Grant Mahony was leading, and I heard him say, "Forget the fighters; get the bombers." The bombers had landed and were in the process of refueling, and the Japanese fighters were still circling the airfield. I guess there were probably 12 P-51s. They went in and strafed the bombers on the runway and the gas trucks. The gas trucks exploded, and the bombers exploded. They just had a field day.

 

I don't know what happened to the fighters above. We lost one pilot, and we have to assume that one of the Japanese fighters killed him. We had gun cameras on these airplanes, and in the development one P-51 on one pass set five Japanese bombers on fire on that one pass. When the P-51s left, I called the bomber squadron and requested that they load the bombers with frags. Phil came down. We said, "Load the bombers with frags." We waited until the fighters returned because R. T. Smith was the bomber squadron commander, and Walter Radyvich was the deputy bomber squadron commander. Both of them were flying fighters that day. They were out with the fighters.

 

T: Did you switch like that?

 

A: Yes. We let anybody fly anything that they wanted.

 

T: That sort of kicks the theory of being a one-airplane type pilot.

 

A: Specialization is probably the best, but morale isn't as high if you specialize to that degree (laughter)

 

T: They returned?

 

A: Yes, and I announced to R. T. that his airplanes were bombed up and we wanted him to go out and drop frag bombs because we felt maybe the fighters had landed by this time, thought the fighters would land there. Sure enough the fighters did.

 

R. T. complained, "I have been flying for four hours. I am tired."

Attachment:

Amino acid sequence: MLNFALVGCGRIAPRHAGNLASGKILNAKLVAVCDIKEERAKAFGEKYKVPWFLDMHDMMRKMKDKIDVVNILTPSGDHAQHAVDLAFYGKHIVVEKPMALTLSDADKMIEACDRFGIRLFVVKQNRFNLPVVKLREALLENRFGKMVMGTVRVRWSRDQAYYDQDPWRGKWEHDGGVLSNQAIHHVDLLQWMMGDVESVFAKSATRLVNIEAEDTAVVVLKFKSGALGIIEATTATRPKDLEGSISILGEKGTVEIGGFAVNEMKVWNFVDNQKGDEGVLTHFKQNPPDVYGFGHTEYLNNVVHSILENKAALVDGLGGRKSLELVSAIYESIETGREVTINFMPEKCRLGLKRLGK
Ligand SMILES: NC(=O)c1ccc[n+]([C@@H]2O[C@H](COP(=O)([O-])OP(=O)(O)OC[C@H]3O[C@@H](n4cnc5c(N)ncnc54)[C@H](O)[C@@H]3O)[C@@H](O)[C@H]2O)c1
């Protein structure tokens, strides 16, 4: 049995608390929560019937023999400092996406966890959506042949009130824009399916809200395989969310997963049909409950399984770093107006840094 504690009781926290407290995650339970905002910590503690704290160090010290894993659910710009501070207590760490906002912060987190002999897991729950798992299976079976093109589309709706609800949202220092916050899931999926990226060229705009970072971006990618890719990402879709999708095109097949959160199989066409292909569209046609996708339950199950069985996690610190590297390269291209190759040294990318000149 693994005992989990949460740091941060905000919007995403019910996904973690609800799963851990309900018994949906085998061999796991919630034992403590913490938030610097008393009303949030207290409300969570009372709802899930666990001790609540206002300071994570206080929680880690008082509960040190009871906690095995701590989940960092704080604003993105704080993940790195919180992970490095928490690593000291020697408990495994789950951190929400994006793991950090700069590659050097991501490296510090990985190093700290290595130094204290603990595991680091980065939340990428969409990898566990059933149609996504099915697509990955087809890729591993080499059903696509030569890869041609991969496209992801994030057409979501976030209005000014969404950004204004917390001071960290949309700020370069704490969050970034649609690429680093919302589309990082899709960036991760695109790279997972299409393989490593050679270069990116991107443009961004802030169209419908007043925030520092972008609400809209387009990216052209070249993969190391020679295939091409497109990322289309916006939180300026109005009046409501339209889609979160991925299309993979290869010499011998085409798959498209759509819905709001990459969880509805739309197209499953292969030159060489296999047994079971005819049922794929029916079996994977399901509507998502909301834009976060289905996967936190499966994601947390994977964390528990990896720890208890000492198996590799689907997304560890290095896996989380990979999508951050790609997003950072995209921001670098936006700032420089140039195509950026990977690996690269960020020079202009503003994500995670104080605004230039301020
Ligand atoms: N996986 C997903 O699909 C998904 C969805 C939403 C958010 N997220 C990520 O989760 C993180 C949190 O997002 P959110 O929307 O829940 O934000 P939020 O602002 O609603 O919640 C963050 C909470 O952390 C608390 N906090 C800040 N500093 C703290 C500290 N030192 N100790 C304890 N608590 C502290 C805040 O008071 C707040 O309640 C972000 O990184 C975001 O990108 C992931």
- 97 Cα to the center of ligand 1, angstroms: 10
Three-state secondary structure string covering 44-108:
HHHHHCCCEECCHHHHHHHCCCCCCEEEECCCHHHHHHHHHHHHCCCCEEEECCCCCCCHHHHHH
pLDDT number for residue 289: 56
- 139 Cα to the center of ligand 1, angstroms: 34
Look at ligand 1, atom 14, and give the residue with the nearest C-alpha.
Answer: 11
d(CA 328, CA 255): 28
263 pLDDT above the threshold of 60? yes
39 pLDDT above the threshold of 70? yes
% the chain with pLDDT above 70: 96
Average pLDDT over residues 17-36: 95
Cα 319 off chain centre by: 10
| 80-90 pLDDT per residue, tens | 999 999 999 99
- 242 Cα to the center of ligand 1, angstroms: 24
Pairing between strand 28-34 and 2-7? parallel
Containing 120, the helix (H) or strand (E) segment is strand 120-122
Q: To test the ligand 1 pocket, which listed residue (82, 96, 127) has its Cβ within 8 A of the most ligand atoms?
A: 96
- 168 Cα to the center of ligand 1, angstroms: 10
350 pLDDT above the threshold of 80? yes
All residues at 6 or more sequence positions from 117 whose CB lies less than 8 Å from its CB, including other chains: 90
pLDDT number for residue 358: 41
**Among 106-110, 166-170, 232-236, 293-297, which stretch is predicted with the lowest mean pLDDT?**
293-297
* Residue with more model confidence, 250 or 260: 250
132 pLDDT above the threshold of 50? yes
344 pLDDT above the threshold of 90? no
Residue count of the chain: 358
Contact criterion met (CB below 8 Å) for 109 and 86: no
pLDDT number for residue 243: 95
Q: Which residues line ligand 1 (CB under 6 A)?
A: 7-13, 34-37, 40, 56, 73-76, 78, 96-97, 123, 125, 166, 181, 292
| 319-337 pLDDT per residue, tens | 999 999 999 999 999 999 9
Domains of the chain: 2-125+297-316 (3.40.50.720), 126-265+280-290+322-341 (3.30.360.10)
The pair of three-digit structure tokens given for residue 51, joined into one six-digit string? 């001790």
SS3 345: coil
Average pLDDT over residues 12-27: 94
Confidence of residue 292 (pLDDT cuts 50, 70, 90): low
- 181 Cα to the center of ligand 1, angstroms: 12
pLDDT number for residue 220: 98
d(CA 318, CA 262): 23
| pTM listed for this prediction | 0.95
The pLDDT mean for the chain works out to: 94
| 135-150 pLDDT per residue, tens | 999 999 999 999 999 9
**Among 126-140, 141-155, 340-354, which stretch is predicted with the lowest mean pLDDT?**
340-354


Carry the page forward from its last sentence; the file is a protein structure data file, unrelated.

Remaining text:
But finally, we prevailed, and he got in the airplane. I forget the number of B-25s that he took. I think there were six. R. T. knew exactly where the field was -- one of the reasons we wanted R. T. was because of his experience, because he had already strafed the airport. He knew where the field was. He came back over, and the B-25s spread out into a tactical formation. At about 1,000 feet, they opened the bomb doors and let their whole load of frag go as they crossed the airfield.

 

Apparently, the fighters had landed because they started lots more fires. We had alerted the RAF and asked them to also strike it. They did come down there, and I believe they had Hurricanes. When they got there, it was just about dark. R. T. went over; it was about dark and very difficult to see anything on the airport because of the smoke and the haze from the bombers and the fuel trucks and everything else that had been burning.

 

The RAF said that the smoke was so dense over the entire area that they were not able to find the airport. Then the next day, the RAF took pictures and reported that they could count 100 burnt airplanes.

 

That was the Japanese air force in Burma. What happened was they were staging forward, and they were going to run a big raid on us the next day.

 

T: You got lucky and got them first. You broke their back.

 

A: It was just pure luck. As I just said on the other half of the tape, this was just luck, and it was a great piece of good fortune for us. I don't know what their intended target was the next day. The Japanese were getting ready to launch a four-division invasion of India. Their target might have been Imphal.

 

It might have been us. We don't know what they intended to hit. Getting these airplanes out of the way, really ensured the success of our operation into Burma because it removed a formidable threat. There were times when we were exposed.